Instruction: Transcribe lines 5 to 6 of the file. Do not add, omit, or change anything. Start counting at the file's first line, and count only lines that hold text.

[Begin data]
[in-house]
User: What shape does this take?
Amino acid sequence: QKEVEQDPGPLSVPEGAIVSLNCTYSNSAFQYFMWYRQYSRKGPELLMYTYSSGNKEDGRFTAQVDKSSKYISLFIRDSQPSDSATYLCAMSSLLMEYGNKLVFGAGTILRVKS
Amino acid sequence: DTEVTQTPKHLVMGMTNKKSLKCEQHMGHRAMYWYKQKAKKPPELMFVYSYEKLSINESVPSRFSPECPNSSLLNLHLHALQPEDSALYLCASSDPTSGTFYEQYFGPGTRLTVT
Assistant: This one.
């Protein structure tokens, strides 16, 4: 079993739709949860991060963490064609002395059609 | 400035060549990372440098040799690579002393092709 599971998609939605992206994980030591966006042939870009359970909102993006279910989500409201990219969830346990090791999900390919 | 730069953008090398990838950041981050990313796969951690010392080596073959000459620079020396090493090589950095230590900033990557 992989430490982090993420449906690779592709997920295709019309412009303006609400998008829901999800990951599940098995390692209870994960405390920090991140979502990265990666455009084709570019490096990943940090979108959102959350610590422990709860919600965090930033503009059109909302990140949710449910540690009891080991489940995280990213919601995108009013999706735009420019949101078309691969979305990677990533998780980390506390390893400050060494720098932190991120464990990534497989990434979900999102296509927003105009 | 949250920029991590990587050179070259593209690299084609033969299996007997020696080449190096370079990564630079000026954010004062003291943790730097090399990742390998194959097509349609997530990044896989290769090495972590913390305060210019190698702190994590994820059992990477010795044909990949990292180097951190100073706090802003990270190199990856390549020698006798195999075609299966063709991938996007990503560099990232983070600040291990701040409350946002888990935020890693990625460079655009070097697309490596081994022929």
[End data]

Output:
Assistant: This one.
């Protein structure tokens, strides 16, 4: 079993739709949860991060963490064609002395059609 | 400035060549990372440098040799690579002393092709 599971998609939605992206994980030591966006042939870009359970909102993006279910989500409201990219969830346990090791999900390919 | 730069953008090398990838950041981050990313796969951690010392080596073959000459620079020396090493090589950095230590900033990557 992989430490982090993420449906690779592709997920295709019309412009303006609400998008829901999800990951599940098995390692209870994960405390920090991140979502990265990666455009084709570019490096990943940090979108959102959350610590422990709860919600965090930033503009059109909302990140949710449910540690009891080991489940995280990213919601995108009013999706735009420019949101078309691969979305990677990533998780980390506390390893400050060494720098932190991120464990990534497989990434979900999102296509927003105009 | 949250920029991590990587050179070259593209690299084609033969299996007997020696080449190096370079990564630079000026954010004062003291943790730097090399990742390998194959097509349609997530990044896989290769090495972590913390305060210019190698702190994590994820059992990477010795044909990949990292180097951190100073706090802003990270190199990856390549020698006798195999075609299966063709991938996007990503560099990232983070600040291990701040409350946002888990935020890693990625460079655009070097697309490596081994022929």